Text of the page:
Vanakkam Chennai!


Imma Chennai City Gangsta!! 😛

Before you guys think I am crazy enough to say this, let me say I am. Chennai means that much to me. Besides having a bazillion memes that glorify Chennai and its people ( Chennai is a name, Madras is an emotion!!), this city is a pleasure to live in, except for Bangaloreans of course! *wink wink*

Now as a person who has lived in Chennai for about seven years now, let me give some tips for people who are looking to travel to the city and experience the emotion.

  • The best time to travel to Chennai would be October-November every year. We have our Decembers jinxed so far and hence I am not betting on that. However, you are welcome to join us in the mayhem and we assure you the best of our support in case you get stuck somewhere in the chaos.
  • It is wise to depend on cab services like Ola or Uber, in case you plan to use public transport extensively. For certain routes, I would also suggest Volvo city buses which are comfortable and good.
  • Do your research before you book hotels. We do have a big community who rent their places out to tourists seasonally.
  • Do not be apprehensive to try out local cuisine. There is no ‘Delhi Belly’ scare and you can go ahead and experiment all you want to.
  • Always carry water and towel with you. Its generally humid and hence you might need them to provide comfort.
  • Approach people when you feel uncomfortable. People are friendly and would definitely help you out. Do not be laid back in seeking help.
  • Enjoy the city in all its glory. The beaches, the temples, the jasmine flowers, the aromatic biryani and street food etc. Plan atleast 3-4 days so that you can get the best of all the above.

Chennai is a tourist friendly place and I swear you would not regret choosing to visit.

Tea Kadai Bench


Tea Kadai Bench indicates the benches put outside the tea shops in South India. In this part of the country, this is not just a mere aspect of timepass. It is much more than that.

Tea kadai benches are the places were the menfolk in the rural areas catch up with the latest news and events. A place that transcends the man-made boundaries that are religion, caste and sometimes socio-economic status. It is the male equivalent of the gossip sessions that women indulge in, during the afternoon.

Often, one might wonder how the shop keeper allows so many people to block the space that he has made exclusively for his customers in such endless banter. Be rest assured that, in most such occasions, the shop keeper would also enjoy the chatter and would be happy to chip in new information or his take on the topic that is being discussed.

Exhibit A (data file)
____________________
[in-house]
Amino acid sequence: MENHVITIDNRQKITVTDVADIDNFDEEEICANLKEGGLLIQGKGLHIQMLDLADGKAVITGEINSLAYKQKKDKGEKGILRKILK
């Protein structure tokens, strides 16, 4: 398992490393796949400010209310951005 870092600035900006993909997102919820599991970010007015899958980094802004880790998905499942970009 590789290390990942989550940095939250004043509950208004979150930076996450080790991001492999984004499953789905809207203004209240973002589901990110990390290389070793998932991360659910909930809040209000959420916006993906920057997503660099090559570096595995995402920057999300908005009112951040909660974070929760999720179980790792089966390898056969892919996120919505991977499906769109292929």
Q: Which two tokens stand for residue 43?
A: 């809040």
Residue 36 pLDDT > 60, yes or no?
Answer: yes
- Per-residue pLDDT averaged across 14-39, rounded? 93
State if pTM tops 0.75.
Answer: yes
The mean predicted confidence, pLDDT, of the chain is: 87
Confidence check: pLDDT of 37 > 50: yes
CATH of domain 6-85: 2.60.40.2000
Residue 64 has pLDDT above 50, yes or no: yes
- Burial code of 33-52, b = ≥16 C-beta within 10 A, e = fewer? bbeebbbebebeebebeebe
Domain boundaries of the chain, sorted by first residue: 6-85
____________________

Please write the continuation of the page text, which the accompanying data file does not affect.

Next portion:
Though the advent of cities has made this ritual vanish, there are still places in suburbs and villages, where this is probably the only source of entertainment to the people who live there.

Afterall, what goes better with hot news other than a hotter cup of chai, right?? 😉

Image Credits- The featured image is a lovely one I found while browsing, which was featured in the newspaper The Hindu.


This post has been written by a good friend Kishor.  He is a story teller and a very talented person who has an inclination towards comedy and movies.  His posts can be read at Blind Man’s Bluff and you can check his videos out at “Moving Images” on YouTube. 

Sowcarpettai – First thing that comes to mind is “Saroja, samaan nikaalo”. But this place has a rich history and is a very distinct neighborhood. Sowcarpettai or Sowcarpet has a huge Marwari population. 

I moved from Chennai to Cuddalore during my high school days and one thing that Cuddalore has in common with Sowcarpet is the Marwari population. Cuddalore is home to many migrants from Rajasthan and Gujarat and they share links with the people from Sowcarpet. 
The street is a time capsule, as nothing drastic has changed in this area for decades now. We all know the wholesale and money lending shops that decorate Sowcarpet, but Sowcarpet also preserves one the oldest identity of “Madras” – Rickshaws. Once upon a time, these 3-wheeled wonders were the identity of Madras. With a rich history, rickshawalas were essential to everyday lives of Madras-vaasis as much as the milkmen and paperboys. So much so that they were portrayed by the one and only MGR in his movie. Losing their business to autos, the once hundreds in number rickshaws have dwindled down to about one hundred now and they all predominantly run in Sowcarpet. Thanks to the continued patronage of the Marwaris in Sowcarpet, the tell-tale three wheels still turn. 

Sowcarpet is close to Parrys Corner and the Central Station. Try the lassi while you are there and holi is the best time here to authentically drench in vivid colors.

If you are in the mood for a quick trip to the North of India, just catch any bus to Parrys Corner and you should reach your own personal Rajasthan.

Sowcarpet is also the best place to taste chaats and North Indian sweets.  You can also shop till you drop there and find amazing tailors nearby.  

The beautiful images found here are by a fellow blogger, Srivatsan, whose stories can be found here. 

Pondy Bazaar

Any festival in Chennai is incomplete without a trip to the shopping haven that is Pondy Bazaar.  

Originally called ‘Soundarapandiyanaar Angaadi’, this got anglicised like many other things in Chennai.  Pondy bazaar is the place where you can go with a thousand rupees and still rake in the moolah for that money.  

The place used to be lined with shops on the pavements on either sides of the road till a few years back.  Latest fashion jewellery and clothing, bags, shoes, books and other goods used to be sold here.  Now all those shops have been moved to a multistoreyed building on one of the sides of the road.  

This place also has a lot of branded shops and many small outlets that sell tasty sweet corn kernels and ice creams.  
Pro tip-